ASFMRA AgNews- Vol. 13 Issue II [January 9, 2018]

By ASFMRA Press posted 01-09-2018 08:32


Highly Leveraged Farmers Could Face Distress Amid Volatility in Ag Industry, Pricing

Farmers’ increasing use of credit to finance operations has left some operators financially exposed during a volatile period for the industry.

In West Michigan and nationwide, farmers have turned to debt at a time of declining commodity prices and slumping farm incomes.

When coupled with elevated real estate values that have leveled off after growing rapidly from 2009 to 2014, it’s a pairing that has some researchers recalling the factors that led up to the farm crisis of the 1980s.

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2018 Could Bring Higher Prices for Farmers

By the time you read this, the big ball in Times Square will have fallen. Celebrations and family get-togethers to cheer in the New Year are over, and now we are all settling into a brand new year.

Chances are, you have already asked yourself what the new year will bring.

One thing for certain, farmers and most Americans know changes are coming. Congress has passed a sweeping tax bill, and President Trump signed it into law a few days before Christmas. While there remains a great deal of confusion on just how the new legislation will affect the nation's wage earners, most farm support groups have lauded the legislation as beneficial to farmers.

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Changes to 2018 Crop Insurance Rates for Corn and Soybeans

The Risk Management Agency has released rates needed to calculate 2018 crop insurance premium. Revenue Protection (RP) rate changes suggest slightly higher corn premiums and lower soybean premiums. Given that 2018 projected prices and volatilities are lower than 2017 values, premiums in 2018 could be near or slightly lower than 2017 values. As a result, premium changes likely will not influence 2018 crop insurance decisions.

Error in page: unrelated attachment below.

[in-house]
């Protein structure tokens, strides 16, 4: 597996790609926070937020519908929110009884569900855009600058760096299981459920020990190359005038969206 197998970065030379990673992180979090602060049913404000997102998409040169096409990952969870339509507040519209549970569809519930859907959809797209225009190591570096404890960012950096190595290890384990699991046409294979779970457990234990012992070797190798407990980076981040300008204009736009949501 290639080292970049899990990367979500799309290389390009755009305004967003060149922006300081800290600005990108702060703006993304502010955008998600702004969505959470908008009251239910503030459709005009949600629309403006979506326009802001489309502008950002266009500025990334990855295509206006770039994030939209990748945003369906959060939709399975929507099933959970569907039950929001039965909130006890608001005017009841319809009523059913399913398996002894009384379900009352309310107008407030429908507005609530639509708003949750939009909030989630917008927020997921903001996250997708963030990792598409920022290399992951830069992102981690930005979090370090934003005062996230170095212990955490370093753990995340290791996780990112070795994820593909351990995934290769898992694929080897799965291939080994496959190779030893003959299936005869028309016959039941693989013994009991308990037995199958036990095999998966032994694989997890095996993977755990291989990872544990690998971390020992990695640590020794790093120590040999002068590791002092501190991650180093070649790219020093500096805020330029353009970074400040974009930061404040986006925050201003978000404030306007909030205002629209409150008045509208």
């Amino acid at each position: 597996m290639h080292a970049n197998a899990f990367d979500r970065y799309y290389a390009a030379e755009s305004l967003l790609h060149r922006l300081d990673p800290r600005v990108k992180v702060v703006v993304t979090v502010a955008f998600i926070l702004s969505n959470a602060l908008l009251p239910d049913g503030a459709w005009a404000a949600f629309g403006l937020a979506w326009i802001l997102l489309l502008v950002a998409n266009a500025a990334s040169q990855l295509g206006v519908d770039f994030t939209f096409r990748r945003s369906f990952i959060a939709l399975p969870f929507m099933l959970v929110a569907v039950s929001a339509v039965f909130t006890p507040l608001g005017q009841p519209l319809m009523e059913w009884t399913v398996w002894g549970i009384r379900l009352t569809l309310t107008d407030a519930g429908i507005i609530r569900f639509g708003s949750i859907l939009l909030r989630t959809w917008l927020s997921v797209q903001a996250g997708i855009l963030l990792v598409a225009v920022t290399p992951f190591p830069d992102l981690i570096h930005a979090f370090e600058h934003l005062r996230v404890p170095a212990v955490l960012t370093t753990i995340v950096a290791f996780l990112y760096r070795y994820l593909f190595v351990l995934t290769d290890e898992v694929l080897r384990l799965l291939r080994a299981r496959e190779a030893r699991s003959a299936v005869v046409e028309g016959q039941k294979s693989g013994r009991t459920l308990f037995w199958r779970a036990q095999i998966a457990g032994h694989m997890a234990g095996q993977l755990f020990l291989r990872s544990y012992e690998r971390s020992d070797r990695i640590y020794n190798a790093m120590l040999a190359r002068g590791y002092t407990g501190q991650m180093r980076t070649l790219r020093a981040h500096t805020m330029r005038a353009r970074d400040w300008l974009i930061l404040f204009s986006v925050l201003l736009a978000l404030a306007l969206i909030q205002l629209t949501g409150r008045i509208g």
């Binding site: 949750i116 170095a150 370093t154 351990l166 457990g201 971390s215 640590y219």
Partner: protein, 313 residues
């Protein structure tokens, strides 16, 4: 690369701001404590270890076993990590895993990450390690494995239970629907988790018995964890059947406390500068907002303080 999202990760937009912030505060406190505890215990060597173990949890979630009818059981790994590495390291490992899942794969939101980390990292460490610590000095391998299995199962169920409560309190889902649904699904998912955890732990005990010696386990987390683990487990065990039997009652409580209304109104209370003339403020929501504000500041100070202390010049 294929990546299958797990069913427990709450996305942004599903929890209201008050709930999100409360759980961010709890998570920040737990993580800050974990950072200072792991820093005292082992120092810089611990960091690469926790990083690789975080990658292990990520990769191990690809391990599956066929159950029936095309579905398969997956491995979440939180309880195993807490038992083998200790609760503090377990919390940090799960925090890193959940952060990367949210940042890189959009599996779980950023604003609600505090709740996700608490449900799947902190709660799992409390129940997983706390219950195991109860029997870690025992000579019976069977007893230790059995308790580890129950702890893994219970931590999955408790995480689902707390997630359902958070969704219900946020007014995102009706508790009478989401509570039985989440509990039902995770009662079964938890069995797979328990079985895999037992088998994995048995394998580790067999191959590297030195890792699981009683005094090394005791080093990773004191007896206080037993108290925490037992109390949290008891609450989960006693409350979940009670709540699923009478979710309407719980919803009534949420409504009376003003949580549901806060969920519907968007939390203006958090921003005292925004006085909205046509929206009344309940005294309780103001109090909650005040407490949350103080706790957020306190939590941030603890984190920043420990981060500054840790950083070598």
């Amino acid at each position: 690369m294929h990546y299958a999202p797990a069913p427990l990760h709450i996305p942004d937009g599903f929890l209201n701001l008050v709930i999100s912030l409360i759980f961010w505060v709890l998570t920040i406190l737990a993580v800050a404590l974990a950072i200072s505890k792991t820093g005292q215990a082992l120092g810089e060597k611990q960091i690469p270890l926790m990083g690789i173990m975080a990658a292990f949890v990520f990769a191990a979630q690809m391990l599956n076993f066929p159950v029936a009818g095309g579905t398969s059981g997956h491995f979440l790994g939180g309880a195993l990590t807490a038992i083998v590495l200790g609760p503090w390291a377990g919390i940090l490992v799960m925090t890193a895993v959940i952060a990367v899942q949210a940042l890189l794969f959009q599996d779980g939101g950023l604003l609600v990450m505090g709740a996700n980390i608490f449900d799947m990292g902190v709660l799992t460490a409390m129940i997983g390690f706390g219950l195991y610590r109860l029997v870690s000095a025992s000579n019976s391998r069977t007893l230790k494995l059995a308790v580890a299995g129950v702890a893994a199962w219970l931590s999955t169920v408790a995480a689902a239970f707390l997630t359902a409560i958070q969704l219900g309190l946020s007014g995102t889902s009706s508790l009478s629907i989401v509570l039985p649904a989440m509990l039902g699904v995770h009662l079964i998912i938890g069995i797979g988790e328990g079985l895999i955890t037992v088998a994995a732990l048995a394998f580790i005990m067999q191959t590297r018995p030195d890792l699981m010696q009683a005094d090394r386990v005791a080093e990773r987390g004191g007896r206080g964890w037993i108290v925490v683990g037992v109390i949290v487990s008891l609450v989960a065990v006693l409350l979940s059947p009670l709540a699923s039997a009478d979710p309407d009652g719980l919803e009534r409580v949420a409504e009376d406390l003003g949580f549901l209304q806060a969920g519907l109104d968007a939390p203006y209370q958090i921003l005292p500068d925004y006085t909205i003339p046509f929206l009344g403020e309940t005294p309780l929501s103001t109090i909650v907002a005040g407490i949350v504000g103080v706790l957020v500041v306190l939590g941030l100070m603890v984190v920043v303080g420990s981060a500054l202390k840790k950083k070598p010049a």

Crop Insurance Premium Calculation

Information needed to calculate 2018 crop insurance premiums can be divided into two sets:
  • Rates set by the Risk Management Agency (RMA). Each year, RMA adjusts the rates used to set premiums on crop insurance policies. These rates reflect past loss experience associated with crop insurance policies. For 2018 premiums, information for the 2016 cropping year is incorporated into rate setting. Information from 2017 is not incorporated as not all loss information has been compiled to set rates. In addition to loss experience, RMA periodically conducts studies that can changes various items within rates. RMA has released all rates for 2018.
  • Projected prices and volatilities. Projected prices used to set crop insurance guarantees will influence premiums, with higher projected prices resulting in higher premiums. In addition, volatilities influence premiums, with higher volatilities resulting in higher premiums. For corn and soybeans insured in Midwest states, projected prices are averages of settlement prices during the month of February. Volatilities are based on options prices during the last five trading days in February. As a result, all information need to calculate 2018 premiums will not be known until the end of February.

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Why Don't Land Values Match Commodity Prices More Closely?

As we begin 2018, it's interesting to look back on where farming has been recently and where farming is going. For me, one of the most interesting things to reflect upon is the farm economy.